- Inadequate Experience
There are instances in which your work experience may not be the most plentiful. Perhaps you have recently graduated from a University or have an employment gap.
The method that should be employed to distract the reader from these details is to highlight some of your related, non-working experiences and accomplishments. Employers may see you as a viable candidate though your experience is lacking by drawing their eye away from the actual "work / employment" section.
- Minimal Education
Perhaps you have only completed high school or less. There are ways in which you may include your education on a resume even if it is less than what a company requires.
List your experience, jobs, and relevant activities first before mentioning education and the reader will notice your skill set first and foremost before questioning your level of education.
If you are entering a new field and feel that most of your experience is not relevant, there are elements that you may focus on to prove your competence and willingness to participate in this new line of work.
If your education or experience is not pertinent to the position you want to apply for, do a bit of research to see if there are any parallels between your field and the new field. If there is absolutely nothing in common, strip down your experiences and accomplishments to what they are really worth: characteristic qualities. Often employers wish to see redeeming qualities in those they hire such as work ethic, honesty, and efficiency.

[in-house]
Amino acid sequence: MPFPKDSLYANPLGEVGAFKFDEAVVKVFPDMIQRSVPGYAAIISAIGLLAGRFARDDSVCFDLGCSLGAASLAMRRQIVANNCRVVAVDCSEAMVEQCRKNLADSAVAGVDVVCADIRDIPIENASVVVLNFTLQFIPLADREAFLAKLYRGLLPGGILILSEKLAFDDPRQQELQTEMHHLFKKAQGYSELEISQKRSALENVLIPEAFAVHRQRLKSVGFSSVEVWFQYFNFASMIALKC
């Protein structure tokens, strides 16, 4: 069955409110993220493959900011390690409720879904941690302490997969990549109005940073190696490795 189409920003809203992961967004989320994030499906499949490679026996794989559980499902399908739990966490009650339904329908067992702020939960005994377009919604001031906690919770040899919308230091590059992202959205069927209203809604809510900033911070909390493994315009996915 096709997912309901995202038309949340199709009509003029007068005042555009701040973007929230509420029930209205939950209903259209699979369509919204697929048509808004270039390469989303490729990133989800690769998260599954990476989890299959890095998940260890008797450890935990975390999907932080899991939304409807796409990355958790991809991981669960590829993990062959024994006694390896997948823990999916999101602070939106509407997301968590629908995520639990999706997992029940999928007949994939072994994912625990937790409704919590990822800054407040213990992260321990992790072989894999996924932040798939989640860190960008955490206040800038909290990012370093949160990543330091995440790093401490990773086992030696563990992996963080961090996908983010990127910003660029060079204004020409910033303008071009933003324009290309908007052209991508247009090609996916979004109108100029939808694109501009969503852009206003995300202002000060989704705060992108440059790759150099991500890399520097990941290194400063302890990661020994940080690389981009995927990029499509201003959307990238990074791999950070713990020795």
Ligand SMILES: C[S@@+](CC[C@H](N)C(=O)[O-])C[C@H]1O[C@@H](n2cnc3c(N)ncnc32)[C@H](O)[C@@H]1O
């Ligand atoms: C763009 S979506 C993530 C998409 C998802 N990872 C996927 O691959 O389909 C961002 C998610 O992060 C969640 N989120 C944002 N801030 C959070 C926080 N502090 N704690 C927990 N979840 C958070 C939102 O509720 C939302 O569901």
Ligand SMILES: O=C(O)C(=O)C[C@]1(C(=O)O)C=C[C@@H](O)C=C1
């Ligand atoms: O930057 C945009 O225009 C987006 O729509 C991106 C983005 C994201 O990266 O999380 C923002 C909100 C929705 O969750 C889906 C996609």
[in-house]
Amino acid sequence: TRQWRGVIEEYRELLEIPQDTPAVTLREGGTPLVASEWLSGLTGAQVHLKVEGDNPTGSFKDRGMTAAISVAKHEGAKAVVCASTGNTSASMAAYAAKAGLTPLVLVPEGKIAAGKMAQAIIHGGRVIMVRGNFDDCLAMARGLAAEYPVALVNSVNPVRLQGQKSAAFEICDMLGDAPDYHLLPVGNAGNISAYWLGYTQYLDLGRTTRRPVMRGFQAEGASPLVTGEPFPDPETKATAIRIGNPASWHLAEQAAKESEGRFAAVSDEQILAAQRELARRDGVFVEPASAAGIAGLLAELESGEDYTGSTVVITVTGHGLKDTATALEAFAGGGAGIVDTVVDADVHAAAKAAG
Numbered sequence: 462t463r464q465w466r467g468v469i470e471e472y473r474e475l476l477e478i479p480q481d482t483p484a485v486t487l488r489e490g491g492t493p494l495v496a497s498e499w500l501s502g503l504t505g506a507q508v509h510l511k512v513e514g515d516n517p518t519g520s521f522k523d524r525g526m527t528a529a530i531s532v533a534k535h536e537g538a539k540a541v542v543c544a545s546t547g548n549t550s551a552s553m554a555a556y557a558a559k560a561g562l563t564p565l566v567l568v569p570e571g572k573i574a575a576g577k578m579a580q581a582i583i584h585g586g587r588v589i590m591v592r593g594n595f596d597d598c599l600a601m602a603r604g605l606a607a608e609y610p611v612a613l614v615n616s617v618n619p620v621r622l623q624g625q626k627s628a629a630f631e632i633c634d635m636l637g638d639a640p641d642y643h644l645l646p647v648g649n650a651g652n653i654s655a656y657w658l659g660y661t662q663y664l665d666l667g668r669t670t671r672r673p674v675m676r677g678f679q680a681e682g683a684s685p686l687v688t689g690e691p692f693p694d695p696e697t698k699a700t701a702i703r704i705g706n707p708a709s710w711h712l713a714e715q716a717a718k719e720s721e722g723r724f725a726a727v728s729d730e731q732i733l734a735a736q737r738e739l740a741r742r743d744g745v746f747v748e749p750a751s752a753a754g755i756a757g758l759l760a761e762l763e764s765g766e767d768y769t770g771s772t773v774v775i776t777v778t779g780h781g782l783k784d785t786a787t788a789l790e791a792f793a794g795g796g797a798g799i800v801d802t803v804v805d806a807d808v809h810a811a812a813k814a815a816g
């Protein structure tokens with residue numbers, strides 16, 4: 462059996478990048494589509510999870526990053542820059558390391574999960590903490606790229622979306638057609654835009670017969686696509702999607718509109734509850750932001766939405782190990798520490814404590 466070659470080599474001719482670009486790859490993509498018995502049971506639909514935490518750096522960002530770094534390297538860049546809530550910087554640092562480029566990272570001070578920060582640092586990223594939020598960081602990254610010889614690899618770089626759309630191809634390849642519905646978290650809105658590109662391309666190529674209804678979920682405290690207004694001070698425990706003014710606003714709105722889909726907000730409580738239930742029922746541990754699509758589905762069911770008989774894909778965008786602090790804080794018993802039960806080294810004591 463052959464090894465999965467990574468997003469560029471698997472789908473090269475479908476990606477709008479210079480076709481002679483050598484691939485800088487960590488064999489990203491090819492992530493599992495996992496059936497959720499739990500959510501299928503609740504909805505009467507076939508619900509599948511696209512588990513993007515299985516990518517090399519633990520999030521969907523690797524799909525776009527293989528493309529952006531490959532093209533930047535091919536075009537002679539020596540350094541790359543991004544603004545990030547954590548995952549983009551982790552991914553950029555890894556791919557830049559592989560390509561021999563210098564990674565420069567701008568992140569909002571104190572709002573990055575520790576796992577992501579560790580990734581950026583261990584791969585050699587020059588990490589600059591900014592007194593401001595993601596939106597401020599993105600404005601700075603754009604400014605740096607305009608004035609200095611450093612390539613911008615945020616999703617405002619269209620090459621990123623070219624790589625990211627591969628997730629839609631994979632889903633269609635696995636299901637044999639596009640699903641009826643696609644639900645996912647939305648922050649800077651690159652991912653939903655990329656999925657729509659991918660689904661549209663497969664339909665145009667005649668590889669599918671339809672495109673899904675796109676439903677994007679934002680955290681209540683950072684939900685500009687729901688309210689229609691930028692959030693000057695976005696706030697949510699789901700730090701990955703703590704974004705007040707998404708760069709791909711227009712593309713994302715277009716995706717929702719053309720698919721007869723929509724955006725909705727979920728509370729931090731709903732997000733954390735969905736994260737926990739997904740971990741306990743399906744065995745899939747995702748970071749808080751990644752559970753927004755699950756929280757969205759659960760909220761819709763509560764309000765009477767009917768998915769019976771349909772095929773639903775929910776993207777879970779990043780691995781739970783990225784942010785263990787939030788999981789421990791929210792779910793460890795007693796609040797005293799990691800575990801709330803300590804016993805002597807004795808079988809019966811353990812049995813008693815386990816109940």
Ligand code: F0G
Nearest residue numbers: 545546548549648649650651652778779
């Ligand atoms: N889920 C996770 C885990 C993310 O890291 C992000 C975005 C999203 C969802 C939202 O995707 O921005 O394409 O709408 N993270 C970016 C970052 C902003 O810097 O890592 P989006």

If you demonstrate any of these characteristics by way of your experience listed on your resume, you may have a chance of getting the slightly unrelated job. If you need more tips on how to enter a different field with your current skills see our article about transferring your job skills.
Resume Section Sorting
Choosing the layout of your resume can be almost as important as the information that is included in it. Learn to optimize the formatting to grasp the attention of the reader.